A neat side effect of my blog and our monthly e-newsletters is that I’ve received more personal email responses from guests than I can ever remember. Some check in to see how things are here. Others give me updates on their lives. I’ve never felt more connected.

Yesterday, I received a note from a prospective guest. He’s been receiving our catalog since 2005 and has spoken with our Guest Services team on a number of occasions about our trips in Normandy & Burgundy, the Dordogne Valley, our Swiss Alps Family Journey, and Vietnam & Angkor Wat. This email was…well…it was a little chippy, to be honest. He must have just received our enews in which we talked about our North American trips as a lower cost way to travel with us in 2009. And he challenged us to defend our North American trips as “affordable”. I’d like to share with you the contents of my email back to him as his note caused an impromptu team meeting in which a number of my colleagues weighed in with their thoughts on what does affordable mean in 2009, and is that how we define ourselves and our tours. Our guests seem to focus on the value they are receiving from their vacation with Classic Journeys. And a great majority of them seem to quantify value by the enjoyment and experience received on tour relative to the price and expectations they have for the trip. If we can deliver an experience that is greater than their expectations, they consider that we’ve created value in the tour.

Guest riding a camel in Morocco

Now, in addition to the value we try to create for our guests, we know that many people can define “affordable” in a variety of ways. For example, one person might look at a watch and determine that a Timex is affordable, while a Rolex is unaffordable. Both keep time very well. The person paying for the Rolex is expecting a certain additional experience presumably. If you can purchase the Rolex at a price that is less than your expectation perhaps that makes the Rolex affordable. I’ll continue the analogy with cars. A Lexus and a Toyota are both exceptional cars. In fact, both are award winning and made by the same company. A Toyota is less expensive and can provide years of enjoyable low maintenance driving. The Lexus is also a fine car and provides a great deal of value to the driver, along with presumably some additional experiential feeling of satisfaction. While the Lexus is much more expensive than the Toyota, if one can purchase it at a price that is less than they expected to pay for a car of its quality, then perhaps it too becomes affordable.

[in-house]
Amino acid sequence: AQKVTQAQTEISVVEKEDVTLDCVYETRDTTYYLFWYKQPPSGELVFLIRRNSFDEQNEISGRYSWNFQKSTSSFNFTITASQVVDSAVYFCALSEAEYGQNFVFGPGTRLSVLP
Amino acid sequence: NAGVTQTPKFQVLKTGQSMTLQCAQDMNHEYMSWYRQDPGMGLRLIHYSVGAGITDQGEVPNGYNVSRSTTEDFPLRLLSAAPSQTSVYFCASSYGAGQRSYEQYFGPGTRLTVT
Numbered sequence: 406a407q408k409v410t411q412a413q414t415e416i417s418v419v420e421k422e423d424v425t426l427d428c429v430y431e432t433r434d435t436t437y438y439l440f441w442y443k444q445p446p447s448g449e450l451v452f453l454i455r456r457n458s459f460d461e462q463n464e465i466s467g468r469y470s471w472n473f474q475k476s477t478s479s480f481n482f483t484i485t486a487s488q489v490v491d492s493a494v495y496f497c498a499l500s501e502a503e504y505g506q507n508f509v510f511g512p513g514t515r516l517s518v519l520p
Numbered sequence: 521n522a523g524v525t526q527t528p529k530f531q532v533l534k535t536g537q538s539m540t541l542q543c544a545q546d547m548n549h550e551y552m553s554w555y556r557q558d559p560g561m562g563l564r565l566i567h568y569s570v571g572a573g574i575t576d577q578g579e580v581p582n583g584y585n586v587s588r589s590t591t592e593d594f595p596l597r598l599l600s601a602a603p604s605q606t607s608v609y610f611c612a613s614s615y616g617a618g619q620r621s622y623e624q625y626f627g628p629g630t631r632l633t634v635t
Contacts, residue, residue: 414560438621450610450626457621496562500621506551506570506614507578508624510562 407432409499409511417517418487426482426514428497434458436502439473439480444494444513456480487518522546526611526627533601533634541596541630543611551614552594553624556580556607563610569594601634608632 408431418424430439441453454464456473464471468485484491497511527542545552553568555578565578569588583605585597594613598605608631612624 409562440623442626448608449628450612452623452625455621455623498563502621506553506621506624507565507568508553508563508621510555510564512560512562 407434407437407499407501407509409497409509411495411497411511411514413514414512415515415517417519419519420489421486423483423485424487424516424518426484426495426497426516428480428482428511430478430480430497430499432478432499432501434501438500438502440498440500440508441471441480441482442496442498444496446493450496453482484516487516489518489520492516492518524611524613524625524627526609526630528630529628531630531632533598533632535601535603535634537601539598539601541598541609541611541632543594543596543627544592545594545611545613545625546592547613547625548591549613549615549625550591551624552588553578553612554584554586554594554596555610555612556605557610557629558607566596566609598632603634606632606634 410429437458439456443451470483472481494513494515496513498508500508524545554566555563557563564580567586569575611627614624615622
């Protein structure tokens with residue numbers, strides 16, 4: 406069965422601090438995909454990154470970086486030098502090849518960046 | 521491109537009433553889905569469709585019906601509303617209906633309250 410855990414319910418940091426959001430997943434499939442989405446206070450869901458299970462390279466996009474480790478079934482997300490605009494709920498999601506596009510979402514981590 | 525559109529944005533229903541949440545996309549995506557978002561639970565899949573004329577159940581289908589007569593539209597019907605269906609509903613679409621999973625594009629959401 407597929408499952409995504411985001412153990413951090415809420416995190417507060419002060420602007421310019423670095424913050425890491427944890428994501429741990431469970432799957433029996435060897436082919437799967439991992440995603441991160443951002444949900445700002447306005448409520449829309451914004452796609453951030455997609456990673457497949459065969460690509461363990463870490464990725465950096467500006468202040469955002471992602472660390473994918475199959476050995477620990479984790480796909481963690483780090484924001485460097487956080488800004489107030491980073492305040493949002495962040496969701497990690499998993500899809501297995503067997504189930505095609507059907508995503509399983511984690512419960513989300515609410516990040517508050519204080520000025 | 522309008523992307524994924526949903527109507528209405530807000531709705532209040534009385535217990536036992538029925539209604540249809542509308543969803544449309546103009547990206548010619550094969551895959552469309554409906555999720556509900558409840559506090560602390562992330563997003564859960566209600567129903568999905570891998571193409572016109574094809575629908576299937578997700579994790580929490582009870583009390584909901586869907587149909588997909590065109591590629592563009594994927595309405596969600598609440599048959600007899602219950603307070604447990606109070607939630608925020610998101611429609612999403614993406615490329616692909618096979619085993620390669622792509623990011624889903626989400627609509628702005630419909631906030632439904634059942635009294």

In the same way, we are not attempting to be (and have never promoted ourselves as) the low-cost provider of cultural walking adventures, culinary tours and family journeys. Rather, we are proud that we offer an exceptional vacation for our guests. We pay very careful attention to the details, and include elements that our guests tell us are important to them: exceptional local guides, visits with interesting locals and to historic sites in a creative manner, high-quality hotels and lodges, and memorable meals. We also have taken years to construct our itineraries so that we minimize the “hassle factor” for our guests and make every day of your vacation more impactful and enjoyable than it would be if you had to research and script it on your own. As a result of this careful approach to operating our trips and caring for our guests, we’ve been recognized on multiple occasions as a “World’s Best Tour Operator“ by Travel + Leisure magazine and as one of the “Best Adventure Travel Companies on Earth” by National Geographic Adventure magazine.

hotel Nayara, Costa Rica

…all that said, we’ve been working to identify ways that we can lower prices, and so add additional value and make our trips more affordable for our guests. This includes an enews subscriber discount of $400 per couple on some of our North American departures and creating a deluxe camping trip in the Canadian Rockies that is priced $700 below our lodge-based trip in the same region. Is it affordable? That’s for each prospective guest to decide. The key for us is in operating the trip in a manner that creates value for those guests who choose to travel with us.”

I hope I provided him a well-thought out (and non-sanctimonious!) response that answered his comment about affordability. Among the things we’re proud of here at Classic Journeys is our relationships with our guests. If you have any questions for me or would like to weigh in with your own thoughts on affordability and value, I’d be keen to hear them. Just drop me a line at blog@ClassicJourneys.com.